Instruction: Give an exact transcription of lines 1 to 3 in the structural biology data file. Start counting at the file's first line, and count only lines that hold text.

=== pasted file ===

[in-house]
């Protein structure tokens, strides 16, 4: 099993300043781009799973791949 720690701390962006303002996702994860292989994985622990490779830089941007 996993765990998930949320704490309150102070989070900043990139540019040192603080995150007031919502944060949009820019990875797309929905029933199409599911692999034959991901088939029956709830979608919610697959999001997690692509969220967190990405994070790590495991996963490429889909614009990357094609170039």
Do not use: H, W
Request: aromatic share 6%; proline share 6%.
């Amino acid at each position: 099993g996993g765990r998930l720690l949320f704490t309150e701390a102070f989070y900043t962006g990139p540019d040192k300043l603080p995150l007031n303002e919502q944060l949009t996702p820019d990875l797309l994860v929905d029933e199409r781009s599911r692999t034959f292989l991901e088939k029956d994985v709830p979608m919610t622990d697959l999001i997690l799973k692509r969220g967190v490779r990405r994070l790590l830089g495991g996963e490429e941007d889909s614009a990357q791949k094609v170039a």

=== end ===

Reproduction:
[in-house]
């Protein structure tokens, strides 16, 4: 099993300043781009799973791949 720690701390962006303002996702994860292989994985622990490779830089941007 996993765990998930949320704490309150102070989070900043990139540019040192603080995150007031919502944060949009820019990875797309929905029933199409599911692999034959991901088939029956709830979608919610697959999001997690692509969220967190990405994070790590495991996963490429889909614009990357094609170039």
Do not use: H, W